Francis Bacon und seine geschichtliche Stellung: ein analytischer Versuch

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Koebner, 1889 - 199 pages
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Page 192 - The second fruit of friendship is healthful and sovereign for the understanding, as the first is for the affections; for friendship maketh indeed a fair day in the affections from storm and tempests, but it maketh daylight in the understanding, out of darkness and confusion of thoughts...
Page 189 - Yet there happened in my time one noble speaker, who was full of gravity in his speaking. His language (where he could spare or pass by a jest) was nobly censorious. No man ever spake more neatly, more pressly, more weightily, or suffered less emptiness, less idleness, in what he uttered. No member of his speech but consisted of his own graces. His hearers could not cough, or look aside from him, without loss. He commanded where he spoke; and had his judges angry and pleased at his devotion.
Page 189 - Yet there happened, in my time, one noble speaker who was full of gravity in his speaking. His language, where he could spare, or pass by, a jest, was nobly censorious. No man ever spake more neatly, more pressly, more weightily, or suffered less emptiness, less idleness, in what he uttered.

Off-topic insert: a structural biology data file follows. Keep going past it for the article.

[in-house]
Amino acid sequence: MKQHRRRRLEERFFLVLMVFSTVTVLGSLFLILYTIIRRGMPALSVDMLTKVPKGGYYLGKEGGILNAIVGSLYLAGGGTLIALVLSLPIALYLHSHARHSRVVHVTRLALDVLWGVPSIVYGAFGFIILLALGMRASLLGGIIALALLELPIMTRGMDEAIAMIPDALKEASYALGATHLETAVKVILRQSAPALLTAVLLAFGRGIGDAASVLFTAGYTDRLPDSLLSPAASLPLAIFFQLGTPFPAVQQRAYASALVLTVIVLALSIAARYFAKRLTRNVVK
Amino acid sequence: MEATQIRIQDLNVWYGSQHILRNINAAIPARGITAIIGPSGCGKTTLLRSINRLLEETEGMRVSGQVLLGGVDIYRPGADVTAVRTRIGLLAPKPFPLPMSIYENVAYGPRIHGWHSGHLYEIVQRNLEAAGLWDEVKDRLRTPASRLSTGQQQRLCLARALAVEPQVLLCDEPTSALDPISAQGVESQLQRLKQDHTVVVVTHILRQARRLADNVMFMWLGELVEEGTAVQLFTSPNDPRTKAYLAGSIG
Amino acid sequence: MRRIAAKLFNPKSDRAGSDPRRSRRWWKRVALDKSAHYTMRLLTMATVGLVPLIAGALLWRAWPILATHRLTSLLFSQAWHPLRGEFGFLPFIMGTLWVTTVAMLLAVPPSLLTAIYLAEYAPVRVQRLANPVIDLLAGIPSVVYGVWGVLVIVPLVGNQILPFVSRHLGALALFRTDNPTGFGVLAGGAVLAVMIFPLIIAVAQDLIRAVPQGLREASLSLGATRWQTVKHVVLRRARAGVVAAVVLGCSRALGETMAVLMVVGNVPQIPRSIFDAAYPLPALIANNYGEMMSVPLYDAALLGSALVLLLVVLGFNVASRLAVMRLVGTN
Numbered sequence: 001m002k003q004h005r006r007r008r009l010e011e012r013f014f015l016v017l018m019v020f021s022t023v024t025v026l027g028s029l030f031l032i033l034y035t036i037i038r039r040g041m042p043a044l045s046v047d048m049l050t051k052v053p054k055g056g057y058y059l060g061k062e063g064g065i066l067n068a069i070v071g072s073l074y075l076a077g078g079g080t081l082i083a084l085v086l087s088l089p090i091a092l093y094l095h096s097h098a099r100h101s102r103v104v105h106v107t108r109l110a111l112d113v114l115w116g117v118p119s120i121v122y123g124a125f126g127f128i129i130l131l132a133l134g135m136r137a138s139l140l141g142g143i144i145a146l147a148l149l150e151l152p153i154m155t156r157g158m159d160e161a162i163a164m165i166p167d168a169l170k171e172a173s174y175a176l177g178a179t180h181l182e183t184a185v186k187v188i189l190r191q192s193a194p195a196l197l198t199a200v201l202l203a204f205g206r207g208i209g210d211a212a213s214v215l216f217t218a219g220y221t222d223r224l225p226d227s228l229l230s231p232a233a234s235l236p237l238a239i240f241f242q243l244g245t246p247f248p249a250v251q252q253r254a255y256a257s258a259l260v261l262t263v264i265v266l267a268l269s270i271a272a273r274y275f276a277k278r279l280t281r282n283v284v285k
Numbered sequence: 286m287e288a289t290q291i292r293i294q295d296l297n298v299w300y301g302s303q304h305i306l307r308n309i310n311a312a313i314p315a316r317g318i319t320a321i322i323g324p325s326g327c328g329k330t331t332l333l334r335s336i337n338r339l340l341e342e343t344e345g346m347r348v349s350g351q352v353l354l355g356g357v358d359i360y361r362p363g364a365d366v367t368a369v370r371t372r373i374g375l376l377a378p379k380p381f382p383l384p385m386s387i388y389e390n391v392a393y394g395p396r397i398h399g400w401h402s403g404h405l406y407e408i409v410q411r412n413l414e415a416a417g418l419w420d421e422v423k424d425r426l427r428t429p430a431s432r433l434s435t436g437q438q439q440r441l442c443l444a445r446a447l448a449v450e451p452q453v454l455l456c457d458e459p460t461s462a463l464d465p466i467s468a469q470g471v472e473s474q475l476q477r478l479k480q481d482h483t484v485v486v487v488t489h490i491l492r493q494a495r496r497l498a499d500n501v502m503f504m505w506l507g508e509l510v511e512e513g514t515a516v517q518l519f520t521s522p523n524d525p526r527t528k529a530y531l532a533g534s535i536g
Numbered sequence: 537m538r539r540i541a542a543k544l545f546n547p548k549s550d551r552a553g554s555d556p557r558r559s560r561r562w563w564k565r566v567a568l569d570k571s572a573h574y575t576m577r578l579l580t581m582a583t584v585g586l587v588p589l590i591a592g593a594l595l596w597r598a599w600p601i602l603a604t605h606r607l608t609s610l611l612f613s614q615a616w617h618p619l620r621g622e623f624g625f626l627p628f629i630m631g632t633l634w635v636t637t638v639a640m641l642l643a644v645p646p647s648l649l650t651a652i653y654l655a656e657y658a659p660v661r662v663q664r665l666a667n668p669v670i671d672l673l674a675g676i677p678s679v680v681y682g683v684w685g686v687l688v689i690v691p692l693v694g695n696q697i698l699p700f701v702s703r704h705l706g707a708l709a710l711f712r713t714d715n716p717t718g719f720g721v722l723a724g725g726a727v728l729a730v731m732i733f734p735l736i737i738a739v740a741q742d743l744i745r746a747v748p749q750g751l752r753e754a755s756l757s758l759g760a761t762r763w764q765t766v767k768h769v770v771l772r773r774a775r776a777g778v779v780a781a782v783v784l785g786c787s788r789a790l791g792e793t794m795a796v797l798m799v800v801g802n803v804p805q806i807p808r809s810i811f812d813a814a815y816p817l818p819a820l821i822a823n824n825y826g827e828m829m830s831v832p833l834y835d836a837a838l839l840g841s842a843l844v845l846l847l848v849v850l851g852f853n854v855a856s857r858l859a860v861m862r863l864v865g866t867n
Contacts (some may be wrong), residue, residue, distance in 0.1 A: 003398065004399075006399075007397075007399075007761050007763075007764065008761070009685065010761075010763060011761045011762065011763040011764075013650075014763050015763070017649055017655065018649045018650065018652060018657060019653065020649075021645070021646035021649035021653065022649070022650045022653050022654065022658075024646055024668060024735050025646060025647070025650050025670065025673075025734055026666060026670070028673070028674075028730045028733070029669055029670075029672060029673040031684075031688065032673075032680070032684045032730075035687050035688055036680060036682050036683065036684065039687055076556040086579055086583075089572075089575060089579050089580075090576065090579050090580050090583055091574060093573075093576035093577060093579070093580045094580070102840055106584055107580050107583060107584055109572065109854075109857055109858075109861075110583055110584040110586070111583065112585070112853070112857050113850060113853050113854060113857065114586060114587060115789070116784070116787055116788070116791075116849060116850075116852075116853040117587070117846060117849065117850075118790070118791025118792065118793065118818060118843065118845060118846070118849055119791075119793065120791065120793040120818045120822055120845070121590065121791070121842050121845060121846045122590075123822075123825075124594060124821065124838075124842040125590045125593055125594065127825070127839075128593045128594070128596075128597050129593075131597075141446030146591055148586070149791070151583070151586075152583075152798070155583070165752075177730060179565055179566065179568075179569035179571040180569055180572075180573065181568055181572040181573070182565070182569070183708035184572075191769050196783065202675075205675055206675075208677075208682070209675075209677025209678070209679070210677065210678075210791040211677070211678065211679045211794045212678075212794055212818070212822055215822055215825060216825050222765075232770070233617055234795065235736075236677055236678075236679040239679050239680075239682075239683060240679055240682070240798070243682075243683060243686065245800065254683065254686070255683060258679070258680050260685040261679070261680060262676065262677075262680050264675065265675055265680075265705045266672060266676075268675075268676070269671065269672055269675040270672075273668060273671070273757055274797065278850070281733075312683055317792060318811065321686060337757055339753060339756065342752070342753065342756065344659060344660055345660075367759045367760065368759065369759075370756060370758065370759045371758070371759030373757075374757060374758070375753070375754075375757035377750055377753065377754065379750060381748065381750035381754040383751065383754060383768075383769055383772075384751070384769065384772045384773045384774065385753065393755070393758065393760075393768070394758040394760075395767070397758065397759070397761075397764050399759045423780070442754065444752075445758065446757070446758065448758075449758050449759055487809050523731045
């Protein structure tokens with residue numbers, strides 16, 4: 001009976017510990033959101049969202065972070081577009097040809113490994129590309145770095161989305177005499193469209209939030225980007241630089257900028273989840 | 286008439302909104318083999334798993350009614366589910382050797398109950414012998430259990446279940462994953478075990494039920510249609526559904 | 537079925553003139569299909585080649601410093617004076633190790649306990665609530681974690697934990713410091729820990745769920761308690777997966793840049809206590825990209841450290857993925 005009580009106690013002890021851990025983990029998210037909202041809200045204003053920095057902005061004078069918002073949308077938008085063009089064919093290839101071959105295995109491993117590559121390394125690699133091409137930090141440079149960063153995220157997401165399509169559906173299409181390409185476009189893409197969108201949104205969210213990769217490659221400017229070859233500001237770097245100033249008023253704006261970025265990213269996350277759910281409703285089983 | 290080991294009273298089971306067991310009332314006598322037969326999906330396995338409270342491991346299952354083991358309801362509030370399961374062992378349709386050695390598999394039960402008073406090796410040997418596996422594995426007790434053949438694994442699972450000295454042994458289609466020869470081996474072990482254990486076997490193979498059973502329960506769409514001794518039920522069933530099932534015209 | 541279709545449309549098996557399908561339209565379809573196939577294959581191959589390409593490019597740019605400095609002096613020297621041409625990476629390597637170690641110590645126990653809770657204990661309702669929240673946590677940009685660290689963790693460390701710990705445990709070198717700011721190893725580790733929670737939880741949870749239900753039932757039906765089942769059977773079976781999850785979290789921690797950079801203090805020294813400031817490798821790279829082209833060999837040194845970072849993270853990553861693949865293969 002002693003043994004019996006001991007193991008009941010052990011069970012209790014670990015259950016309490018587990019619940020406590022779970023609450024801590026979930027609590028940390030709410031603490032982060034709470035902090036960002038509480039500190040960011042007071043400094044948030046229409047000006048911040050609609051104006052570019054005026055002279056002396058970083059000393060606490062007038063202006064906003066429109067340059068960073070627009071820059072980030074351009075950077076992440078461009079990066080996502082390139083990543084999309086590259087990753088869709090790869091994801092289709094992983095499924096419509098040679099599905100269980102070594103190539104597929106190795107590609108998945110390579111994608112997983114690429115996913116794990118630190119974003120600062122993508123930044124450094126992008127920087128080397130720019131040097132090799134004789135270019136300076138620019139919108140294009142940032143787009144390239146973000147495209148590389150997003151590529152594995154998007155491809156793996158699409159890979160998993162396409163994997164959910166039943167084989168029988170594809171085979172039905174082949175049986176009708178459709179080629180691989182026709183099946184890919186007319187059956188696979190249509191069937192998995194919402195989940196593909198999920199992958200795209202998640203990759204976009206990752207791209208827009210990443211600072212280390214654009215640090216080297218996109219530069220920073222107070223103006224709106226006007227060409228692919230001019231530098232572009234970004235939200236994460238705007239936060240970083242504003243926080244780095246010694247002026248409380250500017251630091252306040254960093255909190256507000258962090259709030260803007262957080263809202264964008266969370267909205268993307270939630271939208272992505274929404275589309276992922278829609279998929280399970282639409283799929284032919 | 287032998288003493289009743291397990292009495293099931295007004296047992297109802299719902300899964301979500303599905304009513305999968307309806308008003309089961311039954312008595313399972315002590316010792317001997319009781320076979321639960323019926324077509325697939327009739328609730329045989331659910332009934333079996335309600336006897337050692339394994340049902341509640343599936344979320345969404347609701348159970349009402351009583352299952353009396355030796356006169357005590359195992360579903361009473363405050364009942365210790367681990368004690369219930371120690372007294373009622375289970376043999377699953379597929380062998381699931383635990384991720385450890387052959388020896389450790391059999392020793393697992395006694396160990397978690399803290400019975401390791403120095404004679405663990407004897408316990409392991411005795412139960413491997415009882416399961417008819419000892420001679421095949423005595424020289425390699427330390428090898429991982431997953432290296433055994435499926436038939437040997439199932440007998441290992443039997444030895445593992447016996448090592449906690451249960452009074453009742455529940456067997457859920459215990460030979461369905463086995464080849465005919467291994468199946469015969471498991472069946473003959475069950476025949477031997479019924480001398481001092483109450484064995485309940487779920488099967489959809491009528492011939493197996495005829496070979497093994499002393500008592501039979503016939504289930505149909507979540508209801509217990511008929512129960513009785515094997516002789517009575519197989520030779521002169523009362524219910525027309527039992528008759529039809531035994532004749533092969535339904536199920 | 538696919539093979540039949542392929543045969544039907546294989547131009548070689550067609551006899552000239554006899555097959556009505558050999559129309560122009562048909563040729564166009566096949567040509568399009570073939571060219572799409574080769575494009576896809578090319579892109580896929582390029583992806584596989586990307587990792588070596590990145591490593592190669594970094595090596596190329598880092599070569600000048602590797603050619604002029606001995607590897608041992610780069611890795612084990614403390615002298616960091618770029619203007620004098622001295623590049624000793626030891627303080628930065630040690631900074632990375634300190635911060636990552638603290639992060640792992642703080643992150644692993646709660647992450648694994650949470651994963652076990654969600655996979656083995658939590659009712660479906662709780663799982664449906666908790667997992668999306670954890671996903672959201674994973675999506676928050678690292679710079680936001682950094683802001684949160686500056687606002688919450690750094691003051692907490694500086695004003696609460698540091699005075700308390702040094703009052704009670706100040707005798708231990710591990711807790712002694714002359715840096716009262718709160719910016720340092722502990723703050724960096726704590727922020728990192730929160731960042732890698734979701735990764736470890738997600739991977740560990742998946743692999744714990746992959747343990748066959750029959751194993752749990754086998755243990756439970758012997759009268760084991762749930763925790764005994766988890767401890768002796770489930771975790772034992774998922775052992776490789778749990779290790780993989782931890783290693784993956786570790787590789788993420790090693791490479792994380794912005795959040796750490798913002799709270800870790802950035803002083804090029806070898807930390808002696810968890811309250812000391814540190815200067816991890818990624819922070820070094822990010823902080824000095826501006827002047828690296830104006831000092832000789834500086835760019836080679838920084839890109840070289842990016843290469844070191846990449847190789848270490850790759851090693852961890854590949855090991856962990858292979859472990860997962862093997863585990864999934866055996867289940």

Page 154 - For my name and memory, I leave it to men's charitable speeches, and to foreign nations, and to the next age.
Page 149 - The end of our foundation is the knowledge of causes, and secret motions of things; and the enlarging of the bounds of human empire, to the effecting of all things possible.
Page 149 - ... to rest a searching and restless spirit; or a terrace, for a wandering and variable mind to walk up and down with a fair prospect; or a tower of state, for a proud mind to raise itself upon; or a fort or commanding ground, for strife and contention; or a shop, for profit or sale; and not a rich storehouse, for the glory of the Creator and the relief of man's estate.
Page 163 - The rising unto place is laborious, and by pains men come to greater pains; and it is sometimes base, and by indignities men come to dignities. The standing is slippery; and the regress is either a downfall, or at least an eclipse, which is a melancholy thing.
Page 159 - Highness' princely affairs, nor in regard of my continual services ; which is the cause that hath made me choose to write certain brief notes, set down rather significantly than curiously, which I have called Essays. The word is late, but the thing is ancient. For Seneca's epistles to Lucilius, if one mark them well, are but Essays, that is, dispersed meditations, though conveyed in the form of epistles.
Page 186 - The most prodigious wit that ever I knew of my nation, and of this side of the sea, is of your lordship's name, though he be known by another.
Page 185 - As the births of living creatures at first are illshapen, so are all innovations, which are the births of time...

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